edit: Maybe a more plausible version of the idea that the Chelyabinsk meteor was artificial, is that it was a secret satellite which was being disposed of ("de-orbited", re-directed on a collision course with Earth). Chelyabinsk area seems to be full of secret installations, so if there's debris, at least the men in black don't have far to travel.

edit #2: The general options seem to be: artificial; natural and related to the asteroid; natural and unrelated to the asteroid. Better probability estimates for each option should be forthcoming.

comment by CellBioGuy · 2013-02-16T06:42:07.741Z · score: 14 (14 votes) · LW · GW

This thing came in at significantly greater than orbital velocity, faster than it can fall from any earth-bound orbit, and in the reverse direction from pretty much everything launched from Earth's surface (in all the wide-view videos you can see it approaching from the direction of the rising sun, in the East, and comparison of the shape of the trail with http://www.youtube.com/watch?feature=player_embedded&v=VdoKEFsemvw confirms this). It also looks JUST like any number of other meteors that have hit, and discharged as much energy as a 300 kiloton* nuclear weapon as it disintegrated (in a long streak, not all at once) - far more kinetic energy than anything human launched has ever carried (a fully fueled saturn 5 exploding with all of its original chemical energy would release less than five kilotons). Energy couldn't be generated in space either, a 100 square meter solar array would require 1400 years to gather that much. And if you were going to deorbit something you would rather blow it to pieces over the ocean where nobody's ever going to find all the tiny fragments scattered over hundreds of square miles of seafloor.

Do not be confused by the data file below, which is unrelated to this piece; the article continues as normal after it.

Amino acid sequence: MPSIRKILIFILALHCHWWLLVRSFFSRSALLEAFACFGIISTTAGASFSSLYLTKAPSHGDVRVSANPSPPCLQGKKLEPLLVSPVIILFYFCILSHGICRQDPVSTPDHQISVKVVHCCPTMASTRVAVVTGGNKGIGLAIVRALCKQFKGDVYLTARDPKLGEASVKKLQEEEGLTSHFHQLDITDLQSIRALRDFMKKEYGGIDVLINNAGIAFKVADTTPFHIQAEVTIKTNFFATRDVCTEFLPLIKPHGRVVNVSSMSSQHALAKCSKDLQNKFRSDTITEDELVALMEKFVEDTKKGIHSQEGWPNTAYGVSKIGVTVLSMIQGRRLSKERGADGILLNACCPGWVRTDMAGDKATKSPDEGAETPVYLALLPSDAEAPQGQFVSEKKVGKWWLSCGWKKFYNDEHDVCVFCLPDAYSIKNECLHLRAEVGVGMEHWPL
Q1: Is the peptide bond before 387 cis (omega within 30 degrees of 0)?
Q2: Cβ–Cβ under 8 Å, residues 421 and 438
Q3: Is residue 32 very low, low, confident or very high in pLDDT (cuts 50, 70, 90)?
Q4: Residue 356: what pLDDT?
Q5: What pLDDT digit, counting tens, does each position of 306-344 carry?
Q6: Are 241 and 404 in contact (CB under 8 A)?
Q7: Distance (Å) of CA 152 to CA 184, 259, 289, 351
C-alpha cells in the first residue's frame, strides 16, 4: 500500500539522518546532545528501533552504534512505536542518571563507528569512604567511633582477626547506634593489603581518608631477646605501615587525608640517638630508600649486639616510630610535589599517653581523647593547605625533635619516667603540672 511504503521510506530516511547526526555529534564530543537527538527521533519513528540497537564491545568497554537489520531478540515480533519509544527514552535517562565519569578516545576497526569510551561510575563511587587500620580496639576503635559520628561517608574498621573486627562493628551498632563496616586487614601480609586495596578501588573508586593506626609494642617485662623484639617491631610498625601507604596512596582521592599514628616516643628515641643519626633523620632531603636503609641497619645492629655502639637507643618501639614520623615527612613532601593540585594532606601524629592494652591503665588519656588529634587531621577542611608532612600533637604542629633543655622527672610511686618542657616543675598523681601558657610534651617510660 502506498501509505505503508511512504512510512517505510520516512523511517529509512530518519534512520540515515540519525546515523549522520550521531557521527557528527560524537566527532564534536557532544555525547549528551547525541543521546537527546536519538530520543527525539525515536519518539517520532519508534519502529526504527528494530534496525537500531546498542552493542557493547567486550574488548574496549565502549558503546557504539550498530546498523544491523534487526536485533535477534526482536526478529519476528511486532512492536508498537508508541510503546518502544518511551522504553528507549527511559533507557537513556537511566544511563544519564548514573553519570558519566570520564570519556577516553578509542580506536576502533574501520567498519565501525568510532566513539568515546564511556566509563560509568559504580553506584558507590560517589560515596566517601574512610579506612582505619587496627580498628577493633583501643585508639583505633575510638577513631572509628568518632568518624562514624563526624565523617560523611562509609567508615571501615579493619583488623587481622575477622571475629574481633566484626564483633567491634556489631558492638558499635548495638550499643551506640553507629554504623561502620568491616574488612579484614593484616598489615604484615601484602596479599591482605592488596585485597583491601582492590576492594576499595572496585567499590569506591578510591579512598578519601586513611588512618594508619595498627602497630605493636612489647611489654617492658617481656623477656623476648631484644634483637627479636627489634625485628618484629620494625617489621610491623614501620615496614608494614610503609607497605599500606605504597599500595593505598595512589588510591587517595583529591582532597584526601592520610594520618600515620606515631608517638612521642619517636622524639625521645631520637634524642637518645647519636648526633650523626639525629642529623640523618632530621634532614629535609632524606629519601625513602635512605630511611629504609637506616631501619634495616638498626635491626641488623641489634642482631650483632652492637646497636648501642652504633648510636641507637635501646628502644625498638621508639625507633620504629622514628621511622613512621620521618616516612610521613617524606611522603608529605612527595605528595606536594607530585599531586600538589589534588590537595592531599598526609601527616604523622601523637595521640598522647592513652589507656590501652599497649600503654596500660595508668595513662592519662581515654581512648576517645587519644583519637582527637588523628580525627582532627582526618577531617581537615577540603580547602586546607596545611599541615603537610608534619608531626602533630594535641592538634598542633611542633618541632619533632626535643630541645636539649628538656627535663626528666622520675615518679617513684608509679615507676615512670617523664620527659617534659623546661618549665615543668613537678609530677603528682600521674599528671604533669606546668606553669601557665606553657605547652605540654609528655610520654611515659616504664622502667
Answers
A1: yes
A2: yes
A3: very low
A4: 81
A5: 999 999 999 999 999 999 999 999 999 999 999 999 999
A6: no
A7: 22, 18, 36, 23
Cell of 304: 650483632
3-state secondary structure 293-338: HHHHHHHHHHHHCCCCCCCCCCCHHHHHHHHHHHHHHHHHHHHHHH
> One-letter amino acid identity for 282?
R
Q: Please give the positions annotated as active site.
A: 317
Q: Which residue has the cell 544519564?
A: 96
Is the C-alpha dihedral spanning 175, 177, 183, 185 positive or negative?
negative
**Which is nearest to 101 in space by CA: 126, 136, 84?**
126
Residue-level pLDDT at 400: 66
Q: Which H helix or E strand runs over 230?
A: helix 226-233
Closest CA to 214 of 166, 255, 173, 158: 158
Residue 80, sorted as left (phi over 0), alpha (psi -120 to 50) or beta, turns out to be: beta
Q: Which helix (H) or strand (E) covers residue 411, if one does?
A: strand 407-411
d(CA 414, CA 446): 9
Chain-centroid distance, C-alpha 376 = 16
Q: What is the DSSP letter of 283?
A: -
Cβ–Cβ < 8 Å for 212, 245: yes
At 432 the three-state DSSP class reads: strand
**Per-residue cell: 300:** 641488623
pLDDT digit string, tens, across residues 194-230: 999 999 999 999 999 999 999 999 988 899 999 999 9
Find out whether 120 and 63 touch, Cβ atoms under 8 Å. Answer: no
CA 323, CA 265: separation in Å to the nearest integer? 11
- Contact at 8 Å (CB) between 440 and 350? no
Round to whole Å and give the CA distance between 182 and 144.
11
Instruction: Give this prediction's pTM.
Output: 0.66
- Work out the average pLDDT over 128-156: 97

Conclusion: Natural. Not bothering with probability estimate.

Not only did it come in on a completely different trajectory from the known asteroid (closer to coplanar with the ecliptic seeing as it came from the East), but Russia was not even visible to objects on similar trajectories to the known asteroid until after it had passed the Earth. The chaotic influences of the rest of the solar system and inhomogeneity of impacts also mean that even if you expode something into lots of fragments on completely different orbits (which does not really happen) they are NOT going to come to the same spot within 50,000 kilometers at the same time on their way back together. The 'focusing' effect of the Earth's gravity exists but is insufficient to wrap around the zone that something cominig from one side of the earth can hit to more than a few degrees away from half of the planet at velocities this high.

There are plenty of these rocks throughout the solar system, and they DO hit the Earth. Something this size ish happens every few (single-digit) years, its just that most of the time they happen over the ocean, desert, or sparsely populated land. This one had the 'good' fortune to explode directly over a city of one million people well-armed with anti-police and anti-insurance-fraud dashcams.

Conclusion: Unrelated to known asteroid. Not worth probability estimate.